And finally, Retro City Rampage has a release date for this May where it will appear on every system under the sun. The pre-orders for the PC version are well underway. If you haven’t already, please check out our interview with Brian Provinciano, the lead designer and mastermind behind the game that combines all of your NES dreaming into one virtual cartridge.

Humble For A Cause

Catacomb Snatch

While you were out this weekend enjoying that extra day off, some great developers got together to raise money for charities such as Child’s Play, the American Red Cross, Electronic Frontier Foundation, and charity: water. Though the Humble Bundle website; Mojang, Oxeye Games Studio, and Wolfire Games spent the weekend designing games from scratch and live streaming every second of it. Over 80,000 gamers donated more than 400,000 dollars with all of it going towards charity. In return, donors received three games made in just 60 hours. I'm not saying that things didn't get a little crazy, but Notch was involved in a bacon fight.

Catacomb Snatch, the game designed by Notch and the Mojang team, put you into a tomb filled with monsters as you try to clear a path for your little mine cart. Bats, mummies, and snakes spawn out of coffins littering the area. A couple of well-placed shots will send them packing and make you richer. With the money you earn, you will by turrets, machines to collect the loose change, and bombs to open up the way for your mine cart track. The main game pits you against another player as you both try to get to the fountain and take in all the loot. That’s not bad for a weekend of work.

And Now The Rest of The Story…

You Should Play: Treasure Adventure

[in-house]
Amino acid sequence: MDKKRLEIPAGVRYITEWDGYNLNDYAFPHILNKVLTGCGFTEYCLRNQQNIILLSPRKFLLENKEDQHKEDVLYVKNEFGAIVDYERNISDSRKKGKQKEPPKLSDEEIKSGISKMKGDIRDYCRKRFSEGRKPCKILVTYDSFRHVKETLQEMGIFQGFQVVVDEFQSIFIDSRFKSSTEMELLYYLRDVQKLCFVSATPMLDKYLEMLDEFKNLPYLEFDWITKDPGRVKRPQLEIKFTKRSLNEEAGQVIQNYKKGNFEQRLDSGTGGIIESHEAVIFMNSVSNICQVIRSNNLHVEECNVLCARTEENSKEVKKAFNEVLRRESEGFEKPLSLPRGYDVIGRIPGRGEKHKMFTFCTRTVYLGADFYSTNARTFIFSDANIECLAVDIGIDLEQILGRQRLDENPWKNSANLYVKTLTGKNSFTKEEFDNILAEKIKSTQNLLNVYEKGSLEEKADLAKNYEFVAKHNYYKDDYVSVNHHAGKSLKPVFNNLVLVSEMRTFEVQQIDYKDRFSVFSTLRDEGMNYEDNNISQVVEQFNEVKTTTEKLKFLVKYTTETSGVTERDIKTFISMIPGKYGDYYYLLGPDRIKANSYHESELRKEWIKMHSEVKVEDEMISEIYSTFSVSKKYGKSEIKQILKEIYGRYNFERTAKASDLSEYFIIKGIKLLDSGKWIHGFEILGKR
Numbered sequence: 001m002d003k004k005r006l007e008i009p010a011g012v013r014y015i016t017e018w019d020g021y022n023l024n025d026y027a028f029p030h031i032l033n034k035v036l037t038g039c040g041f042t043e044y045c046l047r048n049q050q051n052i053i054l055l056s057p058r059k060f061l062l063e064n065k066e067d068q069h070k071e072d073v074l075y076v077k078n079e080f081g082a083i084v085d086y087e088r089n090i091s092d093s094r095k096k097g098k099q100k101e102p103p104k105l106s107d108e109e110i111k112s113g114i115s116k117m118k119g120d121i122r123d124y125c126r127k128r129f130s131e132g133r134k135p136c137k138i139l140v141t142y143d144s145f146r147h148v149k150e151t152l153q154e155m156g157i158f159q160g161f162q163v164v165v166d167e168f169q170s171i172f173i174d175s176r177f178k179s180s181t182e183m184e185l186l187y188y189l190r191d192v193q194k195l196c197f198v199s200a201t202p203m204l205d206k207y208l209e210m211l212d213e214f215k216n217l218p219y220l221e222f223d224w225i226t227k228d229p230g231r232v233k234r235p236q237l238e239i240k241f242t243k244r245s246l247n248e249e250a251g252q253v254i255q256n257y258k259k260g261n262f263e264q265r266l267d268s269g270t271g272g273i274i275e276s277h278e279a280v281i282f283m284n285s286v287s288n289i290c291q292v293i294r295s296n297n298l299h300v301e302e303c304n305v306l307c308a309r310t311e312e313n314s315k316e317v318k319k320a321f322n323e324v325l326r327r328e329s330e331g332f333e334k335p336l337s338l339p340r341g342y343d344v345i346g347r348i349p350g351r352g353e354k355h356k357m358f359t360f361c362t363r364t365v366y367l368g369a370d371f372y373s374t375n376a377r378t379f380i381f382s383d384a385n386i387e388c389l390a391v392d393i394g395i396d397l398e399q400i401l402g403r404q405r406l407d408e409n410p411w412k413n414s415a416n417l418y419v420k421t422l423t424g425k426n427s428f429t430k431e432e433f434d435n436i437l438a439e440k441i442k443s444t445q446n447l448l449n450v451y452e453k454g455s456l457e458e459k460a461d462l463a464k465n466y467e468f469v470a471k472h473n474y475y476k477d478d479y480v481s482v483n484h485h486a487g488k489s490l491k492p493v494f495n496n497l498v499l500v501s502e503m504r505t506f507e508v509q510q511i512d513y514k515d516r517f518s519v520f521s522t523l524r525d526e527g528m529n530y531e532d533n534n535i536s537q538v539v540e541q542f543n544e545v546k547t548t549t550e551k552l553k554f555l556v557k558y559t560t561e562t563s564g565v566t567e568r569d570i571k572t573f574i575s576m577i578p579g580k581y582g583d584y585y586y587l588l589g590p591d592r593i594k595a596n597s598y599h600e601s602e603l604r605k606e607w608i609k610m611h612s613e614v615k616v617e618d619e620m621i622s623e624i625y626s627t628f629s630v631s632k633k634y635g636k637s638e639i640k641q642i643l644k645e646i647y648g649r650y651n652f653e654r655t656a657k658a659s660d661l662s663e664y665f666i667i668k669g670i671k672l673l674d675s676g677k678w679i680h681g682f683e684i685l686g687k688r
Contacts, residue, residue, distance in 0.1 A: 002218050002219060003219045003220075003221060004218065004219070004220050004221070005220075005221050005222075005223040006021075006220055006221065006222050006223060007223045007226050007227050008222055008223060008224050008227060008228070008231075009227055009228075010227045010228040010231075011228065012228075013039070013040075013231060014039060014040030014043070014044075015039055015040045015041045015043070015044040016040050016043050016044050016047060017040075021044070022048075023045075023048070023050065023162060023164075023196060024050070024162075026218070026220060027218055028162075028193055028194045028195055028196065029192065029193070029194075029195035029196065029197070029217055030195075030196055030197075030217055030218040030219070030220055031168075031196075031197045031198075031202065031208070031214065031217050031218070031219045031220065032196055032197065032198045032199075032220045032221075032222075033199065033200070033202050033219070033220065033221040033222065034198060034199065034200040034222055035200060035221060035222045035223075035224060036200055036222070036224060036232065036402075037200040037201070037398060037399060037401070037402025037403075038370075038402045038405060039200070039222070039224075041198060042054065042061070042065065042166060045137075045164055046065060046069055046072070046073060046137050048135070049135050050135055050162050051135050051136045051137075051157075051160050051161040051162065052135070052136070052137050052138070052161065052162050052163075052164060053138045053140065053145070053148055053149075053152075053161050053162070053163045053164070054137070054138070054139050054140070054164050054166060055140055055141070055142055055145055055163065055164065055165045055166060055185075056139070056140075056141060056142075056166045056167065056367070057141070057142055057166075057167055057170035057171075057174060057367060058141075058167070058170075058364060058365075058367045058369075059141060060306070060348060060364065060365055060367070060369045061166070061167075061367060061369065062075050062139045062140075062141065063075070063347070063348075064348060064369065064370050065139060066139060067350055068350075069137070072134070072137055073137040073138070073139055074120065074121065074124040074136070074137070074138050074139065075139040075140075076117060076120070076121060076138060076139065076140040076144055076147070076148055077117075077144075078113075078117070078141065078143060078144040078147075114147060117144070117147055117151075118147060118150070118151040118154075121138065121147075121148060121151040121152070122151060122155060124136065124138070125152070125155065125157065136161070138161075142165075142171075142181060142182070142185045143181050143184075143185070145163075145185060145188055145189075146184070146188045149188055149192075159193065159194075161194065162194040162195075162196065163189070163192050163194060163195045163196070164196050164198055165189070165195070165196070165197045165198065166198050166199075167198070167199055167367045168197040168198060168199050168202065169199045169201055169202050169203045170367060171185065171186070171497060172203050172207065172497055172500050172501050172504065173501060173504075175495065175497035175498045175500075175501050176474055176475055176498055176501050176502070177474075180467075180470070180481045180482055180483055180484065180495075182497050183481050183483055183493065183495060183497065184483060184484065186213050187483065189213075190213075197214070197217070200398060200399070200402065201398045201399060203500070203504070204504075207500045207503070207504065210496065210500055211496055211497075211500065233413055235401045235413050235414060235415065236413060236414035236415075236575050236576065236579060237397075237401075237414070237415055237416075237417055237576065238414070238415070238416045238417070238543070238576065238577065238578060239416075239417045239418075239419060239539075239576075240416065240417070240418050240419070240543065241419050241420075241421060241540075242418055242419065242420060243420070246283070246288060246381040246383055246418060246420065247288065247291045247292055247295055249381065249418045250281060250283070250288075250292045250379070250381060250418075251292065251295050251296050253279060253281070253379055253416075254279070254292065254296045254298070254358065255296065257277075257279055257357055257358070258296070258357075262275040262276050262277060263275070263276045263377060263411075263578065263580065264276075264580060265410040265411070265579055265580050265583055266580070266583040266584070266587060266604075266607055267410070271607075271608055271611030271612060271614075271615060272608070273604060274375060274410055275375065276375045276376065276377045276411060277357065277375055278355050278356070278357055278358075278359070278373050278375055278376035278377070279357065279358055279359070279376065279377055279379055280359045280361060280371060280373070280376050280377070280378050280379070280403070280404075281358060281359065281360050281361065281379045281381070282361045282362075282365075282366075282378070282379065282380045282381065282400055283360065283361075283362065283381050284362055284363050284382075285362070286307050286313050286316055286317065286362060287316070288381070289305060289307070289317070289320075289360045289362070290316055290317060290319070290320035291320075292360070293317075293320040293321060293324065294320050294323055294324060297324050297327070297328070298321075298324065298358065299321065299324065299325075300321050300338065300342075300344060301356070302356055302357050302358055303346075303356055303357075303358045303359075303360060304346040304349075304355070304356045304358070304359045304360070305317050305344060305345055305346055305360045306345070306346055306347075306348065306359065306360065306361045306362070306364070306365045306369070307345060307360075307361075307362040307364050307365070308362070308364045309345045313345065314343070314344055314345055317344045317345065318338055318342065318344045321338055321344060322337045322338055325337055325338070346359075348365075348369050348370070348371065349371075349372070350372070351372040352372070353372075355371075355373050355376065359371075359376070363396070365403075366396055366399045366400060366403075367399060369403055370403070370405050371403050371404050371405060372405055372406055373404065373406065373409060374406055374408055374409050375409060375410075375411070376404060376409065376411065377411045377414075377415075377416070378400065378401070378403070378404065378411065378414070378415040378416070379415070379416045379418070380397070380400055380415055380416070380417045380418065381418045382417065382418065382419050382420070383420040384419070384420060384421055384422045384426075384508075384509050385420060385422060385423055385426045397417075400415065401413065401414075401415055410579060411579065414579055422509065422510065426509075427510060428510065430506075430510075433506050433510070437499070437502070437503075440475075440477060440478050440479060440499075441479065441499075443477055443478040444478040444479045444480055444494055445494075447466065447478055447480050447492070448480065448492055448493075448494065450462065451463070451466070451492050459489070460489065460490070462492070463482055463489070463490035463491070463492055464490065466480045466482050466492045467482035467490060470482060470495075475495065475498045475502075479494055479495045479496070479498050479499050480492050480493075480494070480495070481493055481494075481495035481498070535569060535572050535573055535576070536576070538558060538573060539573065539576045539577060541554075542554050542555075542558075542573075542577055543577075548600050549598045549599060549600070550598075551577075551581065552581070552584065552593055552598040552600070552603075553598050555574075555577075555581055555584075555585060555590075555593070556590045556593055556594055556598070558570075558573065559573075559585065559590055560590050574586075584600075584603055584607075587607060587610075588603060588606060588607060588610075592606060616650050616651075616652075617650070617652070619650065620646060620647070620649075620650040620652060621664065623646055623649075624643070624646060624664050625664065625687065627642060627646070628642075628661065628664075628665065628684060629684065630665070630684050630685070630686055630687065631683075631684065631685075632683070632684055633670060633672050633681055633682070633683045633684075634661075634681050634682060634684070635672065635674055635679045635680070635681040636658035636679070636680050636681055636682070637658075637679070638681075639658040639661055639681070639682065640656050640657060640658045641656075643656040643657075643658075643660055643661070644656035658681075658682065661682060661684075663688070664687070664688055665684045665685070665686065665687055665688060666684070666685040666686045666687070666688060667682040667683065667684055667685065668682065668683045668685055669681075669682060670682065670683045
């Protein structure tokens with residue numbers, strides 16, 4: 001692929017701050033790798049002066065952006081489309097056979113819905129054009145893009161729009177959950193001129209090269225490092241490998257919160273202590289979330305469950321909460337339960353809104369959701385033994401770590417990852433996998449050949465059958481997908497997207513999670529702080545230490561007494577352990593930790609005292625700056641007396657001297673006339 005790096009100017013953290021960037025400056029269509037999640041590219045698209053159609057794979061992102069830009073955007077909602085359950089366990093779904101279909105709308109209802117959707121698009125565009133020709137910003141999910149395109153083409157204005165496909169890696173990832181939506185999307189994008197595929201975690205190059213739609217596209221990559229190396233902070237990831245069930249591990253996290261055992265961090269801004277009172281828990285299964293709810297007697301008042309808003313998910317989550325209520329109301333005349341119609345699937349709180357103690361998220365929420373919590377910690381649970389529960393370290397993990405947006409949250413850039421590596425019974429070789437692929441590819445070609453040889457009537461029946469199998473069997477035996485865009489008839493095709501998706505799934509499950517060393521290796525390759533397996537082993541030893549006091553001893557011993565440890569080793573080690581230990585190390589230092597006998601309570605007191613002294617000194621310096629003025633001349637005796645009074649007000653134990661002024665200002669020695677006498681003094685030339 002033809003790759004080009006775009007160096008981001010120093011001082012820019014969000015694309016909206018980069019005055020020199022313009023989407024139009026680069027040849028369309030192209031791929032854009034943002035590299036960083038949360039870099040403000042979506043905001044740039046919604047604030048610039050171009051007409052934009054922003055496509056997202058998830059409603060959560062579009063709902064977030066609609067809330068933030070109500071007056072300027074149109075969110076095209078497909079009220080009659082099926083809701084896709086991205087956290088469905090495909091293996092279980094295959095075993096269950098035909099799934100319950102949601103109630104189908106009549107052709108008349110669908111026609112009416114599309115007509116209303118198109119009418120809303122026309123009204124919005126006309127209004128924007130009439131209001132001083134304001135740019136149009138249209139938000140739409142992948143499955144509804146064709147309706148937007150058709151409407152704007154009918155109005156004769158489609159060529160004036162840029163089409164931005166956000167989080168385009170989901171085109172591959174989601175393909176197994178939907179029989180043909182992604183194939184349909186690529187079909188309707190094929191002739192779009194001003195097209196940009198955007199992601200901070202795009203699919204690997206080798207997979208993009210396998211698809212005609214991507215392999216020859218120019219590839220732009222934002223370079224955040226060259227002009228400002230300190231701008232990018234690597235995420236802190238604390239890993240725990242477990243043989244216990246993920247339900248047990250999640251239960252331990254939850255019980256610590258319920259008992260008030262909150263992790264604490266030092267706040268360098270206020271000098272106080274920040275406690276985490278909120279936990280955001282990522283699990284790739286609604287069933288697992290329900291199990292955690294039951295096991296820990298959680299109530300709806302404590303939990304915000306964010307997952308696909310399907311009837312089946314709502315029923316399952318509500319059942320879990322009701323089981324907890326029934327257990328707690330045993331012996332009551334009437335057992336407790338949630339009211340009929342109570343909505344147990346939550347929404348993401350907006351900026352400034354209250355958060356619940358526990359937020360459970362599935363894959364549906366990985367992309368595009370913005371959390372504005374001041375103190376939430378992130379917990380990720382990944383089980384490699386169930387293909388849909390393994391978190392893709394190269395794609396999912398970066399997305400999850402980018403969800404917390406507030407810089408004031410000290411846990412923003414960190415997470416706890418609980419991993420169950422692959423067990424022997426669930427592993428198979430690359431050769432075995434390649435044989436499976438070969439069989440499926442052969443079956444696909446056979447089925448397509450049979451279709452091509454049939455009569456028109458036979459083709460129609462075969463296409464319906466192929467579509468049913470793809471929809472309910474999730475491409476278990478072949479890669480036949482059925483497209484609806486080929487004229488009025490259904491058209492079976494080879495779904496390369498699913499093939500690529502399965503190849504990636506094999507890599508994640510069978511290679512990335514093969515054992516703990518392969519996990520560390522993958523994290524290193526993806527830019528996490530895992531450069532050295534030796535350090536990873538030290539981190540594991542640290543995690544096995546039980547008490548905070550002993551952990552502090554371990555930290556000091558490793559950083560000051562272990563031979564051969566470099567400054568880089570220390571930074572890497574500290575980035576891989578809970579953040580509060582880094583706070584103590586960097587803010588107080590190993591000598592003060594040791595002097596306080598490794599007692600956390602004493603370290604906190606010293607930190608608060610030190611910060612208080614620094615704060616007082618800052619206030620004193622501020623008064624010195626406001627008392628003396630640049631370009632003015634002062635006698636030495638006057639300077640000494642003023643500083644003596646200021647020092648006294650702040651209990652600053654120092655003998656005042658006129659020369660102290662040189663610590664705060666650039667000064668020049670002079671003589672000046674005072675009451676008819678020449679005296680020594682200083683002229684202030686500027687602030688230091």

This free PC with one of the most generic titles in existence is anything but generic. The game starts you off with dreams of your treasure seeking father and a hook for a hand. From there, you find islands to explore, animals to question, and twelve ancient artifacts to gather in order to stop the sleeping demon down below. Painted in shades of Zelda: Wind Waker, Treasure Adventure is every bit as charming and fun without all the hassle of having to lay down a little cash.

You Should Buy: Dustforce

Parkour meets cleaning in this "think-on-your-thumbs" platformer. It’s not just about cleaning up, but looking good while doing it. Players plowing through the rather short campaign will miss out on perfecting each of these beautiful levels or unlocking bonus challenges along the way. With tunes in your ears and a broom in your hands, you’ll compete against the clock to make the world a little cleaner. Dustforce also allows you go head to head against other players or design your own courses. Grab a broom and keep your fingers nimble if you want to clean up in this game.

You Should Support: The Departure Game App

Sometimes it just takes the right look to set a game in motion. The Departure combines art with a quirky climbing game for you to play on your iPhone. Having already reached their goal, any money you throw at them will only be icing on the cake, or in this case, additional options, power-ups, and modes. For just twenty-five bucks, you get the game and a little art to go along with your hard work.

Dear Indie Games - The Indie Column